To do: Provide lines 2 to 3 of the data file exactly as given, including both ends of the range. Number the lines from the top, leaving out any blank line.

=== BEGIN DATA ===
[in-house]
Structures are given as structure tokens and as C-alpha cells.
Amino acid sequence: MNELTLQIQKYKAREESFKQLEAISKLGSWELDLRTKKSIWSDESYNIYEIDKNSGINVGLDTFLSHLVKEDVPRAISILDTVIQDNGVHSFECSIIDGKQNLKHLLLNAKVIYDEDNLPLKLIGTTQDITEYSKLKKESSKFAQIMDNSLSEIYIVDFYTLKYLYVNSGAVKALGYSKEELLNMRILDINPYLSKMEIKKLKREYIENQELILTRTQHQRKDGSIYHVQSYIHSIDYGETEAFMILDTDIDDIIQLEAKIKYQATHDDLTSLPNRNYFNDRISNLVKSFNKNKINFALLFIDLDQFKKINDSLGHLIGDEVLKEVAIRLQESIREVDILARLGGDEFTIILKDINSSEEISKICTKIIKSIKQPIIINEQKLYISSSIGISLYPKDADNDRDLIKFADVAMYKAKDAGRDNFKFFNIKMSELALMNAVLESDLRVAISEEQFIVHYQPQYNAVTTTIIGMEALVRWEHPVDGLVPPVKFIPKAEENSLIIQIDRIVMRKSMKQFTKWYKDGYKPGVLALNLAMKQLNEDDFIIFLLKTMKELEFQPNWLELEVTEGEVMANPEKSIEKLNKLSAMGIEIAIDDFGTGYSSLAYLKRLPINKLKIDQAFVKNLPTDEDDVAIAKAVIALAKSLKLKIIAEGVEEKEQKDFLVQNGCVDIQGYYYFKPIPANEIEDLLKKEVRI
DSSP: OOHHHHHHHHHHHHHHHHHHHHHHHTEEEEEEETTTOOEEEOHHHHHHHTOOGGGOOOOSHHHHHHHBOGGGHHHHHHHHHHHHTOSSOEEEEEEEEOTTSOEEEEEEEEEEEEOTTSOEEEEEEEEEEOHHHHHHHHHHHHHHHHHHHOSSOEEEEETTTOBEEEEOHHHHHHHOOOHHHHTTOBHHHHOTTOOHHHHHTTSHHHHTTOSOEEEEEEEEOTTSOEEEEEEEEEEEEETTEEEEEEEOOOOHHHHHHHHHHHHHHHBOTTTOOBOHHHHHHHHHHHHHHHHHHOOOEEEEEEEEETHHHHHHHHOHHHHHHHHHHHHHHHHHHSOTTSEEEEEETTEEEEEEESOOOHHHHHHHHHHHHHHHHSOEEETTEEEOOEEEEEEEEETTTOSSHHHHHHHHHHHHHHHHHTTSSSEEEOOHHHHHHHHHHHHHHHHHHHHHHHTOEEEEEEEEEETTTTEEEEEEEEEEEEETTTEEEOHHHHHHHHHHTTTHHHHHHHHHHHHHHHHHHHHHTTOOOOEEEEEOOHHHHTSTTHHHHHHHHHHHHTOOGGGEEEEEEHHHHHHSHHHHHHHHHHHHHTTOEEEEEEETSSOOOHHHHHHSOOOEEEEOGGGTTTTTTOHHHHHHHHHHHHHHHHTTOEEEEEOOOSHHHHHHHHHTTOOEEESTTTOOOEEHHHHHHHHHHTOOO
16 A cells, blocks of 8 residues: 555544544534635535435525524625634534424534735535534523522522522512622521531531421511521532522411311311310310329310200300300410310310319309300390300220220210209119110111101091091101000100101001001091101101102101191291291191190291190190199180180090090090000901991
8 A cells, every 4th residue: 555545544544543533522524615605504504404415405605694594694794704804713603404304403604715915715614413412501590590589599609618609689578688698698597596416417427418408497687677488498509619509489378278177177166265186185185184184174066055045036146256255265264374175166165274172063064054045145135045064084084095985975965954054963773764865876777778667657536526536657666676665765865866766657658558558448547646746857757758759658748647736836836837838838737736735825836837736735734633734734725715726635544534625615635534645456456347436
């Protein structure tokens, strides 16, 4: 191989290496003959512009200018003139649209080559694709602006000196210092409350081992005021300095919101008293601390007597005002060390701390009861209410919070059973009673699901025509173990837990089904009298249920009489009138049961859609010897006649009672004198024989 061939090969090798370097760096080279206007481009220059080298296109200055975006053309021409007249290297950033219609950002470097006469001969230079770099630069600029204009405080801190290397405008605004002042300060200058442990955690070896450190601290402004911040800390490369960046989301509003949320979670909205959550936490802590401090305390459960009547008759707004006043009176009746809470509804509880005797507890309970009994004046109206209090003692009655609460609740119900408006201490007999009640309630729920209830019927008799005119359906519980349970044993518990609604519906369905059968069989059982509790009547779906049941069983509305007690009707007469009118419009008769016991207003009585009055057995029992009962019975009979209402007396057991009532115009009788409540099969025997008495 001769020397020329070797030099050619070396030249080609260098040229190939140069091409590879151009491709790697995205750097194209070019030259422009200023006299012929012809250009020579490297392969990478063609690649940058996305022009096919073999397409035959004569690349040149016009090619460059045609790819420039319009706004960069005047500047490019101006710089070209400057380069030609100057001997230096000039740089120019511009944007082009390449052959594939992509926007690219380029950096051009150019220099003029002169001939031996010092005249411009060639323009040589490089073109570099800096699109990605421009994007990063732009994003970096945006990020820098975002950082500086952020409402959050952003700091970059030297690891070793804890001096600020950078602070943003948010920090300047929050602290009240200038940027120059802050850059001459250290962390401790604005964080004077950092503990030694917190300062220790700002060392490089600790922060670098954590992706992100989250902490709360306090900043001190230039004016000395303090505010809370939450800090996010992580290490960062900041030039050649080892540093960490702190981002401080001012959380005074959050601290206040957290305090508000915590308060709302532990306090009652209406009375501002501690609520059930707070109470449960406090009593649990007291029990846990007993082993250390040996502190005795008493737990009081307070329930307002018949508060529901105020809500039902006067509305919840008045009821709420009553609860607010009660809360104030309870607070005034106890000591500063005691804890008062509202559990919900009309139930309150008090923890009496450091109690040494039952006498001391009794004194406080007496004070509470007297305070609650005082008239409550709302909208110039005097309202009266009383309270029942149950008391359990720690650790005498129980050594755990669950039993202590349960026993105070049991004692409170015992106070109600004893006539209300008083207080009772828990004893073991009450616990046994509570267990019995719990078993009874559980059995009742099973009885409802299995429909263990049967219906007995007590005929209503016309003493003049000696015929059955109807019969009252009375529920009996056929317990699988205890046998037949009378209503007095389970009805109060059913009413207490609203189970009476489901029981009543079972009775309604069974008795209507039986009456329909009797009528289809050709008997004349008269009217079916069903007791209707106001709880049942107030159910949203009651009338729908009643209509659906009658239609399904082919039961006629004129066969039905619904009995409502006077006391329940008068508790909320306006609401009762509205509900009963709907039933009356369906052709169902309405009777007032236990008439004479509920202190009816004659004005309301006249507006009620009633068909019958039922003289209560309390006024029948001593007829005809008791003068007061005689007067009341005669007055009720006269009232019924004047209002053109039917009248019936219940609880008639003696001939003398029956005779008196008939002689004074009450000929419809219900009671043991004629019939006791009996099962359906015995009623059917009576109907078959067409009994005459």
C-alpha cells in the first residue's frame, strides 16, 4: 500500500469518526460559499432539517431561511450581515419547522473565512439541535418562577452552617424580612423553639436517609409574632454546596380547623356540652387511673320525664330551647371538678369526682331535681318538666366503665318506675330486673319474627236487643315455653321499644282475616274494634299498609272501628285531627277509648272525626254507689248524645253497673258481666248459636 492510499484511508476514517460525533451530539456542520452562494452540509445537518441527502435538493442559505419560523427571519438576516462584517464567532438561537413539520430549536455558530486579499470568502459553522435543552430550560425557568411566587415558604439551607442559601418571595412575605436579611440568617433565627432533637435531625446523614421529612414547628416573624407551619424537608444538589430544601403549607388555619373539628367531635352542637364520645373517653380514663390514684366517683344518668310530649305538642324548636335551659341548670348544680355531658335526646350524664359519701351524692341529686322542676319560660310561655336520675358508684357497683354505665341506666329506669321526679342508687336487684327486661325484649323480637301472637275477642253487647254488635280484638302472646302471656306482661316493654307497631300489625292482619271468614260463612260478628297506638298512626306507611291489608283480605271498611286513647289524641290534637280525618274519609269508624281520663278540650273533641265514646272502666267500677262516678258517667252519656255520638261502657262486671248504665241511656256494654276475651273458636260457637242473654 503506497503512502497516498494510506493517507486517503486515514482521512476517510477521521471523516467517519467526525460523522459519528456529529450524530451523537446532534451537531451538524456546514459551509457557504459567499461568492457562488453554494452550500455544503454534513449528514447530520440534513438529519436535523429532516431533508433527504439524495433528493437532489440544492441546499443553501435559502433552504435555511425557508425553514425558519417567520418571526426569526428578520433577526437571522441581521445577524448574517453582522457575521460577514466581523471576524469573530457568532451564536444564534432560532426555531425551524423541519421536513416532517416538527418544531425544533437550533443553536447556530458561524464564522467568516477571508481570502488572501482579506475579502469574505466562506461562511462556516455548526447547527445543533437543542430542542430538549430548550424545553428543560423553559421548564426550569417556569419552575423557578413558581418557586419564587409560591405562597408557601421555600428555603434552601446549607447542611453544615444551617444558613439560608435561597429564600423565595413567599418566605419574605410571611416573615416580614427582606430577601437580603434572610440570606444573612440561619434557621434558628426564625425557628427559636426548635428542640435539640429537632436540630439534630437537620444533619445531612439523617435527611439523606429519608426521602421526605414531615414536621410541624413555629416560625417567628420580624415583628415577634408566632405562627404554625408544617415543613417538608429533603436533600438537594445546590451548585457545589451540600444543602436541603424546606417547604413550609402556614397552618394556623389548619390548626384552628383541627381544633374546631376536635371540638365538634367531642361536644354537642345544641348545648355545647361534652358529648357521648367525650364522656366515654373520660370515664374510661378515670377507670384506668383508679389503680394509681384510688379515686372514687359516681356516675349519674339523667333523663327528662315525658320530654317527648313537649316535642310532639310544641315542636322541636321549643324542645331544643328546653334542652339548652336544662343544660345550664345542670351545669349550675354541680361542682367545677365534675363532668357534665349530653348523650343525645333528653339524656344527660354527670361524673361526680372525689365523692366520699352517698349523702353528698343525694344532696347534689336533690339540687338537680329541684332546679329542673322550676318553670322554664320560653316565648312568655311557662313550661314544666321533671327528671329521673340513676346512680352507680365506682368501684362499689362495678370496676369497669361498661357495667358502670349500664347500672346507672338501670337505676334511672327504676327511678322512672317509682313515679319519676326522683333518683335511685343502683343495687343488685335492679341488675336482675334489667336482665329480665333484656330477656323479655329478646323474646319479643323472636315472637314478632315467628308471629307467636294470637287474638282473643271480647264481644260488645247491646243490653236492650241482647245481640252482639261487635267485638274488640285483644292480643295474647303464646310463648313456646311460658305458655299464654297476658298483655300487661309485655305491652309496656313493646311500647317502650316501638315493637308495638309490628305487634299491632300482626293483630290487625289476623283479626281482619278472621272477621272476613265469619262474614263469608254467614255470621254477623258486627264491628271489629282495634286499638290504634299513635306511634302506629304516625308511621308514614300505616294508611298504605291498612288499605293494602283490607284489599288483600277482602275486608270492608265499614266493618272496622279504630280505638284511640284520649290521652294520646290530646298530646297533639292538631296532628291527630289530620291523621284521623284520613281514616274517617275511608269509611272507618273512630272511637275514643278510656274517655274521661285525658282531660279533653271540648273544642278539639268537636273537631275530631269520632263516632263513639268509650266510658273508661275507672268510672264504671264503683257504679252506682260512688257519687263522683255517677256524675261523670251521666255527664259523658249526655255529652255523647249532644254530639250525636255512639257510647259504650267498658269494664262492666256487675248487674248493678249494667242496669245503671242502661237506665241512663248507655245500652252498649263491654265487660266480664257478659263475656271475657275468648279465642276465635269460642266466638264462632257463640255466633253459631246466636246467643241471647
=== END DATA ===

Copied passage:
Structures are given as structure tokens and as C-alpha cells.
Amino acid sequence: MNELTLQIQKYKAREESFKQLEAISKLGSWELDLRTKKSIWSDESYNIYEIDKNSGINVGLDTFLSHLVKEDVPRAISILDTVIQDNGVHSFECSIIDGKQNLKHLLLNAKVIYDEDNLPLKLIGTTQDITEYSKLKKESSKFAQIMDNSLSEIYIVDFYTLKYLYVNSGAVKALGYSKEELLNMRILDINPYLSKMEIKKLKREYIENQELILTRTQHQRKDGSIYHVQSYIHSIDYGETEAFMILDTDIDDIIQLEAKIKYQATHDDLTSLPNRNYFNDRISNLVKSFNKNKINFALLFIDLDQFKKINDSLGHLIGDEVLKEVAIRLQESIREVDILARLGGDEFTIILKDINSSEEISKICTKIIKSIKQPIIINEQKLYISSSIGISLYPKDADNDRDLIKFADVAMYKAKDAGRDNFKFFNIKMSELALMNAVLESDLRVAISEEQFIVHYQPQYNAVTTTIIGMEALVRWEHPVDGLVPPVKFIPKAEENSLIIQIDRIVMRKSMKQFTKWYKDGYKPGVLALNLAMKQLNEDDFIIFLLKTMKELEFQPNWLELEVTEGEVMANPEKSIEKLNKLSAMGIEIAIDDFGTGYSSLAYLKRLPINKLKIDQAFVKNLPTDEDDVAIAKAVIALAKSLKLKIIAEGVEEKEQKDFLVQNGCVDIQGYYYFKPIPANEIEDLLKKEVRI